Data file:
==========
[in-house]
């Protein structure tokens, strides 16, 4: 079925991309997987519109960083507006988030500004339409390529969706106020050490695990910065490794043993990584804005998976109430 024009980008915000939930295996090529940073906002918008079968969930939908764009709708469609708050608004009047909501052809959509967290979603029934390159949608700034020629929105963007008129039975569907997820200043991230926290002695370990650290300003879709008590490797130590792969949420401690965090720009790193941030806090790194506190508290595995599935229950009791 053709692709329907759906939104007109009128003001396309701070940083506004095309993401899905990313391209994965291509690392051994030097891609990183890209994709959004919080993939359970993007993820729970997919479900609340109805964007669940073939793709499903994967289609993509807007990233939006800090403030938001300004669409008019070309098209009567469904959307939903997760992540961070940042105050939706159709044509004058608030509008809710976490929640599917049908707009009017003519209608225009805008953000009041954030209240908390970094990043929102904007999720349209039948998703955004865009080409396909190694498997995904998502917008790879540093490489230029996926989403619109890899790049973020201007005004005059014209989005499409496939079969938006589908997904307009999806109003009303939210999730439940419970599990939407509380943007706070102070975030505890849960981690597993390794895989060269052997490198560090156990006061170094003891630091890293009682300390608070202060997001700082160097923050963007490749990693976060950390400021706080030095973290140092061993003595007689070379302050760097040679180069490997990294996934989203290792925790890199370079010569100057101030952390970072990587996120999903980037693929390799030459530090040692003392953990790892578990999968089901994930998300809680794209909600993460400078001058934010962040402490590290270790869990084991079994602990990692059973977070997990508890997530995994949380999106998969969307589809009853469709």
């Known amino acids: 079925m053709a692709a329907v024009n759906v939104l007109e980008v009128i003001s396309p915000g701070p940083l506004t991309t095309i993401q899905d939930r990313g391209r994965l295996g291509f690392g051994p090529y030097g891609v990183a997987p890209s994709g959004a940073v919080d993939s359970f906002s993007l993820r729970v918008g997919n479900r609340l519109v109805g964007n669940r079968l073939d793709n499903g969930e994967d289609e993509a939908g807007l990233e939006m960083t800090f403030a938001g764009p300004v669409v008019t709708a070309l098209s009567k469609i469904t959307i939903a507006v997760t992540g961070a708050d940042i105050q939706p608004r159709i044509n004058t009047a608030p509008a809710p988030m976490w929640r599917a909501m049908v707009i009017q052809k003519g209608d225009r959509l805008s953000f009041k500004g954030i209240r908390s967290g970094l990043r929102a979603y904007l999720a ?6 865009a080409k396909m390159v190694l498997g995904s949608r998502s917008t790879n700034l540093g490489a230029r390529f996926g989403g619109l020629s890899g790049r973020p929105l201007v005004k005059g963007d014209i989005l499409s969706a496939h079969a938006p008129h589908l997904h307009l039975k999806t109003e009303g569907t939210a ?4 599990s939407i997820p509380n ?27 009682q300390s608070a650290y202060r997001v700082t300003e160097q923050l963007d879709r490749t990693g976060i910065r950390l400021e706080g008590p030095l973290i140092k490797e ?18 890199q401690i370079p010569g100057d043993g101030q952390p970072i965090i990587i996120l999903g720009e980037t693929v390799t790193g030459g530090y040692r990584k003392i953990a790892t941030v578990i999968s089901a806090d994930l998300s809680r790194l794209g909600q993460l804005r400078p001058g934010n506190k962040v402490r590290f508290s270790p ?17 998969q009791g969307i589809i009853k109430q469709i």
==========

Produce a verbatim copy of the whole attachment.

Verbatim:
[in-house]
């Protein structure tokens, strides 16, 4: 079925991309997987519109960083507006988030500004339409390529969706106020050490695990910065490794043993990584804005998976109430 024009980008915000939930295996090529940073906002918008079968969930939908764009709708469609708050608004009047909501052809959509967290979603029934390159949608700034020629929105963007008129039975569907997820200043991230926290002695370990650290300003879709008590490797130590792969949420401690965090720009790193941030806090790194506190508290595995599935229950009791 053709692709329907759906939104007109009128003001396309701070940083506004095309993401899905990313391209994965291509690392051994030097891609990183890209994709959004919080993939359970993007993820729970997919479900609340109805964007669940073939793709499903994967289609993509807007990233939006800090403030938001300004669409008019070309098209009567469904959307939903997760992540961070940042105050939706159709044509004058608030509008809710976490929640599917049908707009009017003519209608225009805008953000009041954030209240908390970094990043929102904007999720349209039948998703955004865009080409396909190694498997995904998502917008790879540093490489230029996926989403619109890899790049973020201007005004005059014209989005499409496939079969938006589908997904307009999806109003009303939210999730439940419970599990939407509380943007706070102070975030505890849960981690597993390794895989060269052997490198560090156990006061170094003891630091890293009682300390608070202060997001700082160097923050963007490749990693976060950390400021706080030095973290140092061993003595007689070379302050760097040679180069490997990294996934989203290792925790890199370079010569100057101030952390970072990587996120999903980037693929390799030459530090040692003392953990790892578990999968089901994930998300809680794209909600993460400078001058934010962040402490590290270790869990084991079994602990990692059973977070997990508890997530995994949380999106998969969307589809009853469709």
């Known amino acids: 079925m053709a692709a329907v024009n759906v939104l007109e980008v009128i003001s396309p915000g701070p940083l506004t991309t095309i993401q899905d939930r990313g391209r994965l295996g291509f690392g051994p090529y030097g891609v990183a997987p890209s994709g959004a940073v919080d993939s359970f906002s993007l993820r729970v918008g997919n479900r609340l519109v109805g964007n669940r079968l073939d793709n499903g969930e994967d289609e993509a939908g807007l990233e939006m960083t800090f403030a938001g764009p300004v669409v008019t709708a070309l098209s009567k469609i469904t959307i939903a507006v997760t992540g961070a708050d940042i105050q939706p608004r159709i044509n004058t009047a608030p509008a809710p988030m976490w929640r599917a909501m049908v707009i009017q052809k003519g209608d225009r959509l805008s953000f009041k500004g954030i209240r908390s967290g970094l990043r929102a979603y904007l999720a ?6 865009a080409k396909m390159v190694l498997g995904s949608r998502s917008t790879n700034l540093g490489a230029r390529f996926g989403g619109l020629s890899g790049r973020p929105l201007v005004k005059g963007d014209i989005l499409s969706a496939h079969a938006p008129h589908l997904h307009l039975k999806t109003e009303g569907t939210a ?4 599990s939407i997820p509380n ?27 009682q300390s608070a650290y202060r997001v700082t300003e160097q923050l963007d879709r490749t990693g976060i910065r950390l400021e706080g008590p030095l973290i140092k490797e ?18 890199q401690i370079p010569g100057d043993g101030q952390p970072i965090i990587i996120l999903g720009e980037t693929v390799t790193g030459g530090y040692r990584k003392i953990a790892t941030v578990i999968s089901a806090d994930l998300s809680r790194l794209g909600q993460l804005r400078p001058g934010n506190k962040v402490r590290f508290s270790p ?17 998969q009791g969307i589809i009853k109430q469709i």